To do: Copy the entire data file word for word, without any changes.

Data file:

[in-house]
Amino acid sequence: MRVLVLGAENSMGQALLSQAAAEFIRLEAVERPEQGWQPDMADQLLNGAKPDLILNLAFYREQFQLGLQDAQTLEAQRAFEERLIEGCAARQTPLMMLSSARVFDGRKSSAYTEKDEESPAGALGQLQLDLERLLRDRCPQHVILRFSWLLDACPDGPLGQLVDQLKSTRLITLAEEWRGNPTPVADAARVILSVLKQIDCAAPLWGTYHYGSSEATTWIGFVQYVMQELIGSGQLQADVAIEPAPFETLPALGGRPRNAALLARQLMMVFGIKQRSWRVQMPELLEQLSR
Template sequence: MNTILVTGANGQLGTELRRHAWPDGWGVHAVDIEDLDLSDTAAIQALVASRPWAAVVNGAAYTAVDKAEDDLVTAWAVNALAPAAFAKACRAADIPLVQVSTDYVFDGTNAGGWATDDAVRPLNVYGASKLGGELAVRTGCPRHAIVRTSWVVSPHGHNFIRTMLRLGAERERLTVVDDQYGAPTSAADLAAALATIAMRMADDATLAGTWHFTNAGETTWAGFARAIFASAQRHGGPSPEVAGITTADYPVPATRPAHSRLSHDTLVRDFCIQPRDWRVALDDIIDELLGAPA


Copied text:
[in-house]
Amino acid sequence: MRVLVLGAENSMGQALLSQAAAEFIRLEAVERPEQGWQPDMADQLLNGAKPDLILNLAFYREQFQLGLQDAQTLEAQRAFEERLIEGCAARQTPLMMLSSARVFDGRKSSAYTEKDEESPAGALGQLQLDLERLLRDRCPQHVILRFSWLLDACPDGPLGQLVDQLKSTRLITLAEEWRGNPTPVADAARVILSVLKQIDCAAPLWGTYHYGSSEATTWIGFVQYVMQELIGSGQLQADVAIEPAPFETLPALGGRPRNAALLARQLMMVFGIKQRSWRVQMPELLEQLSR
Template sequence: MNTILVTGANGQLGTELRRHAWPDGWGVHAVDIEDLDLSDTAAIQALVASRPWAAVVNGAAYTAVDKAEDDLVTAWAVNALAPAAFAKACRAADIPLVQVSTDYVFDGTNAGGWATDDAVRPLNVYGASKLGGELAVRTGCPRHAIVRTSWVVSPHGHNFIRTMLRLGAERERLTVVDDQYGAPTSAADLAAALATIAMRMADDATLAGTWHFTNAGETTWAGFARAIFASAQRHGGPSPEVAGITTADYPVPATRPAHSRLSHDTLVRDFCIQPRDWRVALDDIIDELLGAPA